Sandy Grady, column, Philadelphia Daily News, Nov. 10
Sure, I've heard angry laments that Jackson is tampering with "The American Way" -- the right of an entrepreneur to build a better product, grow big and fuel our 1990s technological boom. That's Gates' line. But the American way is also about competition -- one monster-size company with deep pockets can't use unfair tactics to limit choice, prices, quality and innovation. Microsoft dominates 90 percent of the world's technology. If that's not a monopoly, what is?
Stan Liebowitz, professor of managerial economics at the University of Texas at Dallas, in the Financial Post, Nov. 9
Microsoft's low prices and generally superior products have not been good for its competitors. Some of these firms found a pliant Department of Justice, willing to do their bidding so as to handicap what is probably the most competitive firm in the industry. Unfortunately, they seem to have found a judge who will do the same.
Editorial, Seattle Times, Nov. 9
If the company cares as much about innovation as it claims -- and not just innovation on Microsoft's terms -- the best path for consumers and software engineers is settlement of the lawsuit by the Justice Department and 19 states. . . . As the case moves to the next phase, both sides should focus on their long-term interests. Government should not want an outcome that places a heavy burden on industry. Microsoft does not want restrictions on its development of new products.
. . . Software competition should shift back to where it belongs, on the merits of the products. Microsoft should have no fear of that contest.
Editorial, Chicago Tribune, Nov. 9
Enhancing consumer choice and fostering technological innovation must be the twin beacons that guide the government as this case proceeds. Recognizing that all remedies are imperfect, one that errs on the side of the free market and minimum intrusion by the government and regulators is vastly preferable.
Editorial, St. Petersburg Times, Nov. 9
For now, consumers won't feel a practical effect. Microsoft stock is trading, its products are being bought and computer users are opening, saving and moving documents in Windows like ever before. But Judge Jackson has changed the landscape by debunking the myth that the issue was intellectual property, not hardball tactics.
George L. Priest, professor, Yale Law School, in the Wall Street Journal, Nov. 8:
Who are the victims? To Judge Jackson, they are those consumers who don't want to be connected to the network: those who don't want Internet browsers on their operating systems.
. . . I don't doubt that there are such consumers. But to compare their loss to the benefits all of us gain from network connection, or to the loss that all who are now connected might suffer if the expansion of the network is impaired, suggests the feeble nature of Judge Jackson's case.
Editorial, London Guardian, Nov. 9
The United States is a nation where, when put to the test, the rights of the individual or the smaller entrepreneurial enterprise will always be held higher than brute corporate strength.
Thus a century which began with the antitrust authorities moving against John D. Rockefeller's Standard Oil of New Jersey, which controlled more than 90 percent of the world's oil production, ends with the state scoring a victory over Microsoft, the outstanding and most successful corporation of the late 20th century. The names and industries are different but the values which led federal judge Thomas Penfield Jackson to find Mr. Gates and Microsoft guilty of being a relentless and predatory monopoly are immutable.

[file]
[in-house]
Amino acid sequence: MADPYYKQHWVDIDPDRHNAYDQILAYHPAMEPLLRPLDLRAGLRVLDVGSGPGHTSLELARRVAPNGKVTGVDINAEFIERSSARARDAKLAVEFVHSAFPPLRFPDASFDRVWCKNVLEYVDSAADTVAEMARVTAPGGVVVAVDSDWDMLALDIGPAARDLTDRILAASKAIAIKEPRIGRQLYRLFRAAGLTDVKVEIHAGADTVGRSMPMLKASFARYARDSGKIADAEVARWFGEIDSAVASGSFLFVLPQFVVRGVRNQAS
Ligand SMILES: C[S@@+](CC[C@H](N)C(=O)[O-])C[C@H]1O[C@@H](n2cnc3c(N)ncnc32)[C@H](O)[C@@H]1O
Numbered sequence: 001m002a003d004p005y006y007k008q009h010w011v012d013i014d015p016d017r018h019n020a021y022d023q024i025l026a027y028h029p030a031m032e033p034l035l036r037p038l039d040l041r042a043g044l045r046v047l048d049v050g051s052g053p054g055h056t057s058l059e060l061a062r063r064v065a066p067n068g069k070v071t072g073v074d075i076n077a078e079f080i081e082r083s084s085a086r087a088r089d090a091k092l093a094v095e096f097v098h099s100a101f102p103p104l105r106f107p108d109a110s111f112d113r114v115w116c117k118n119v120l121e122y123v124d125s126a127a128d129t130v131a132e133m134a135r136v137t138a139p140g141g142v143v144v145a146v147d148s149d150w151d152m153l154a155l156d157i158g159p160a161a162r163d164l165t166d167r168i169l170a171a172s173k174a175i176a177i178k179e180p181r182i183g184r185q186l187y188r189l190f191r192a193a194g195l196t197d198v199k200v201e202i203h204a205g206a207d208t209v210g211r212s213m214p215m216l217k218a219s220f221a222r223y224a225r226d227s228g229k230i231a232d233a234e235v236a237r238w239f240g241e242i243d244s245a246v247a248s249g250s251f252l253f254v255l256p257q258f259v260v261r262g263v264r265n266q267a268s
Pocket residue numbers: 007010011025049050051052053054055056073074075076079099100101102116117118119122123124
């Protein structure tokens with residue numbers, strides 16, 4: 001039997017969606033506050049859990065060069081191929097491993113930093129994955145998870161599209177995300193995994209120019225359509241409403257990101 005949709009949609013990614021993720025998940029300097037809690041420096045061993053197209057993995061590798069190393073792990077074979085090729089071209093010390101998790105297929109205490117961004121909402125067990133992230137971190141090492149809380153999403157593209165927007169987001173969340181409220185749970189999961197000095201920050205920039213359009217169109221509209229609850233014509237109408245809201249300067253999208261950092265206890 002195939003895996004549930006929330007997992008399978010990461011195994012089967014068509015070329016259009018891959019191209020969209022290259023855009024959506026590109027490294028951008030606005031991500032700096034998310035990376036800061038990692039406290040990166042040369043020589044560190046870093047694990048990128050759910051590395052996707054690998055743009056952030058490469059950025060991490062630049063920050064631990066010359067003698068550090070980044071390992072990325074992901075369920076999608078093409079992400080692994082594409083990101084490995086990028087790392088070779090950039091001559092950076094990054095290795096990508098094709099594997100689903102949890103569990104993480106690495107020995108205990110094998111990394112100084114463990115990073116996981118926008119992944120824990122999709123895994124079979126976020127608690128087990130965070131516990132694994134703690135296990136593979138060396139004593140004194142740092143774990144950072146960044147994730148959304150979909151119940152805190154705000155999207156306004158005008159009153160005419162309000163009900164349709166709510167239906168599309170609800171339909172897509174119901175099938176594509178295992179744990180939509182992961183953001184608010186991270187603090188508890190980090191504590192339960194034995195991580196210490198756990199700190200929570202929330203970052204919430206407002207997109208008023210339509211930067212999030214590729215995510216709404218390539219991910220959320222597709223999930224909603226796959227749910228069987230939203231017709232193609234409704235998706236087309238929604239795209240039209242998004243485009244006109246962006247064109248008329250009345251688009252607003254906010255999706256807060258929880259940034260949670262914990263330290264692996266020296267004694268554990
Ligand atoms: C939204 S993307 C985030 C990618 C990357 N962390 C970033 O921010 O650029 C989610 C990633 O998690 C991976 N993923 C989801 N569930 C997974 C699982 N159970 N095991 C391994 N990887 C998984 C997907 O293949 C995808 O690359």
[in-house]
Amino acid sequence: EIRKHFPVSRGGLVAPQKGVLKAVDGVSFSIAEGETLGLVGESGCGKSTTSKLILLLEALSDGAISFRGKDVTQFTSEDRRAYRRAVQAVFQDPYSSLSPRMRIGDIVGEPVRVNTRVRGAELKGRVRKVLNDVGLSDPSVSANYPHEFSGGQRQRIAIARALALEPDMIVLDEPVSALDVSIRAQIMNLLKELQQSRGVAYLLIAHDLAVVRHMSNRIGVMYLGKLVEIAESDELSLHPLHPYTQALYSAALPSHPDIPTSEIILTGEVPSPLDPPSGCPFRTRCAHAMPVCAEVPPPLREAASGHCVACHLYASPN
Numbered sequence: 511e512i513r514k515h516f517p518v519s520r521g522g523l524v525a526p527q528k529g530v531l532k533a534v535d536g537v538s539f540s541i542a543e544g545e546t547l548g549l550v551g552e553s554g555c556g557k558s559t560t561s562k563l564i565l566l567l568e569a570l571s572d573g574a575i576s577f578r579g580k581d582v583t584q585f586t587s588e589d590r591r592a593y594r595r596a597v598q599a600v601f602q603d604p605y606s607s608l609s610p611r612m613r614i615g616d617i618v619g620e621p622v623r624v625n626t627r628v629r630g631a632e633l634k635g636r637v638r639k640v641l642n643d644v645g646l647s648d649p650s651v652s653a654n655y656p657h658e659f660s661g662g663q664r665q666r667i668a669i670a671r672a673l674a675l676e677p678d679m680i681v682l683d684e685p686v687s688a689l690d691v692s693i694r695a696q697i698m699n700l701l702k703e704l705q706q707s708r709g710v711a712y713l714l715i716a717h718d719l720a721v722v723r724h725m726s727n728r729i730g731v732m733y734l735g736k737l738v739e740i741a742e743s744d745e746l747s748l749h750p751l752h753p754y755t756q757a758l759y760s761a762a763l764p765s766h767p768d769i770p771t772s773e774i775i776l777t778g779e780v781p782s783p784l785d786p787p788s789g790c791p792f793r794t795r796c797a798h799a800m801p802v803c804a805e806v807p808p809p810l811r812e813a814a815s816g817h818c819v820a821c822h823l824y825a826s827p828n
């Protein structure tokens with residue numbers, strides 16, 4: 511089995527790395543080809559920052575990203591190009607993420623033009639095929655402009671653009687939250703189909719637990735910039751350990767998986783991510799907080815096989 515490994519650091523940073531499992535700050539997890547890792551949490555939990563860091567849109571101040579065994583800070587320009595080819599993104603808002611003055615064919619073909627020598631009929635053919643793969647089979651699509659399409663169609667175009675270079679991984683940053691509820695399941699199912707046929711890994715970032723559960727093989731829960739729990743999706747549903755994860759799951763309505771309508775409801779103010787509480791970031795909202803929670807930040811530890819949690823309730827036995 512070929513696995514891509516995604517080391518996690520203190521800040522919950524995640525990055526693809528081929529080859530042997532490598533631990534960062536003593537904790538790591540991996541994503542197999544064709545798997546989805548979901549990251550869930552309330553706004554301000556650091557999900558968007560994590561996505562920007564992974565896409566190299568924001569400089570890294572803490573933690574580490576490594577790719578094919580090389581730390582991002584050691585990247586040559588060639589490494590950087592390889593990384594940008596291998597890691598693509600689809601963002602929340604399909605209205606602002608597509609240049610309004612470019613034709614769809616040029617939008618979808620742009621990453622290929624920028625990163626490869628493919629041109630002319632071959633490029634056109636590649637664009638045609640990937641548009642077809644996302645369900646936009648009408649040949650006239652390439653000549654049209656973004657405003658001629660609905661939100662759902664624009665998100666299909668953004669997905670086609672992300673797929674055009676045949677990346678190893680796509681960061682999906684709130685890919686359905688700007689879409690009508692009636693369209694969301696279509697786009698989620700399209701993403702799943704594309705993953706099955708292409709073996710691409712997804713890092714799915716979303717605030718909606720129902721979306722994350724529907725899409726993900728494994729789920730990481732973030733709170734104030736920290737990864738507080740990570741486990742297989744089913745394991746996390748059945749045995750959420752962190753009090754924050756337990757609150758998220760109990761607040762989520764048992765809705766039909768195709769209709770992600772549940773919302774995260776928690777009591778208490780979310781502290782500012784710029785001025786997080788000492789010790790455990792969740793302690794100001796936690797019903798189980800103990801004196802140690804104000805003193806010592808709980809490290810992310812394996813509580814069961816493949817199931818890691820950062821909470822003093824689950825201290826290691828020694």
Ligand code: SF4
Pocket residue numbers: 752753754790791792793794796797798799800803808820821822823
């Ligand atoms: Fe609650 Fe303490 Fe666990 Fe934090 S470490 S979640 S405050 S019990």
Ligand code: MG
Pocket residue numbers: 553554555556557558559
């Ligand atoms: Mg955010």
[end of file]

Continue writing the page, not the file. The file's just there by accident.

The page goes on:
Editorial, Jerusalem Post, Nov. 7
Many of the modern giants of the information, computer and Internet industries started up in garages, home kitchens, and university classrooms, and it would be a disgrace if the big companies they have now become were allowed to use their power to crush the same inventiveness and imagination in others. While they still have much to contribute to the economy and to the future, companies like Microsoft . . . must not be tempted, nor allowed, to crush some budding Bill Gates or Steve Jobs who will mold the next century's hi-tech industries.
Editorial, New York Post, Nov. 8
The most dynamic industry of the last quarter-century has just fallen under judicial and regulatory control -- and whatever short-term benefits they think they will derive from the decision, the long-term result will be their submission to Washington as well. For if they believe that regulators and Justice Department bureaucrats and trial lawyers will be satisfied nibbling away at Microsoft and Microsoft alone, they are horribly mistaken.
Editorial, Detroit News, Nov. 9
This case is far from over; there are years of potential appeals ahead. Mr. Gates says he is open to settlement negotiations, but remains committed to his right to design and market products as he sees fit. Notwithstanding all the government's power and might, that is an American principle still worth fighting for.
"Microsoft, whose legal position is untenable, is attempting to recover its losses politically through a massive lobbying and public relations campaign. . . . Nothing comparable in intensity, expense and mendacity has ever been seen with respect to antitrust litigation. Combining paranoia and self-righteous belief in its own virtue, Microsoft is using tactics that would have made the Robber Barons blush."
Robert Bork, former Appeals Court judge and
antitrust scholar who has represented
Netscape Communications Corp., in the Wall Street Journal, Nov. 8